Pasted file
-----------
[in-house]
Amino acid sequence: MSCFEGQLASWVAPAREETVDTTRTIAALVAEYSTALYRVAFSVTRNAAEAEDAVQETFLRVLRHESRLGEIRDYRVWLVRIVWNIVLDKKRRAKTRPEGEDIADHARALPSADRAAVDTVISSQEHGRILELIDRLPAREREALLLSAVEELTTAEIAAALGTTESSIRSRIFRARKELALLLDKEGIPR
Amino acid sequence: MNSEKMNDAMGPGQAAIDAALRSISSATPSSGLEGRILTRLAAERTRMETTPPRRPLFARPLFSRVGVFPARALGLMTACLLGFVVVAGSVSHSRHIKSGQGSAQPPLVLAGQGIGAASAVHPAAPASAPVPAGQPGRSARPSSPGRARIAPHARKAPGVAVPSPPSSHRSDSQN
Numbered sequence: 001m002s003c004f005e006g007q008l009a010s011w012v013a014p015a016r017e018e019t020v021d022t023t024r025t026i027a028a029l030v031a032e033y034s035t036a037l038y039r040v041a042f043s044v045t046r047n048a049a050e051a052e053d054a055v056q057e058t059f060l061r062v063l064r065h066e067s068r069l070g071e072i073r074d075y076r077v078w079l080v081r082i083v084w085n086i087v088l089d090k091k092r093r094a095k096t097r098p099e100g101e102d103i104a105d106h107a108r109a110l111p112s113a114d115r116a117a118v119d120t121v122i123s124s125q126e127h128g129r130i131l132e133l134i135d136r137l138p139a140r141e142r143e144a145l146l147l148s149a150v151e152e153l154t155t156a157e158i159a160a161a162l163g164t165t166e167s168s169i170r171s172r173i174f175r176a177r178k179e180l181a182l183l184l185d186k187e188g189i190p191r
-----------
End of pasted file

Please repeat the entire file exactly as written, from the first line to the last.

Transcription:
[in-house]
Amino acid sequence: MSCFEGQLASWVAPAREETVDTTRTIAALVAEYSTALYRVAFSVTRNAAEAEDAVQETFLRVLRHESRLGEIRDYRVWLVRIVWNIVLDKKRRAKTRPEGEDIADHARALPSADRAAVDTVISSQEHGRILELIDRLPAREREALLLSAVEELTTAEIAAALGTTESSIRSRIFRARKELALLLDKEGIPR
Amino acid sequence: MNSEKMNDAMGPGQAAIDAALRSISSATPSSGLEGRILTRLAAERTRMETTPPRRPLFARPLFSRVGVFPARALGLMTACLLGFVVVAGSVSHSRHIKSGQGSAQPPLVLAGQGIGAASAVHPAAPASAPVPAGQPGRSARPSSPGRARIAPHARKAPGVAVPSPPSSHRSDSQN
Numbered sequence: 001m002s003c004f005e006g007q008l009a010s011w012v013a014p015a016r017e018e019t020v021d022t023t024r025t026i027a028a029l030v031a032e033y034s035t036a037l038y039r040v041a042f043s044v045t046r047n048a049a050e051a052e053d054a055v056q057e058t059f060l061r062v063l064r065h066e067s068r069l070g071e072i073r074d075y076r077v078w079l080v081r082i083v084w085n086i087v088l089d090k091k092r093r094a095k096t097r098p099e100g101e102d103i104a105d106h107a108r109a110l111p112s113a114d115r116a117a118v119d120t121v122i123s124s125q126e127h128g129r130i131l132e133l134i135d136r137l138p139a140r141e142r143e144a145l146l147l148s149a150v151e152e153l154t155t156a157e158i159a160a161a162l163g164t165t166e167s168s169i170r171s172r173i174f175r176a177r178k179e180l181a182l183l184l185d186k187e188g189i190p191r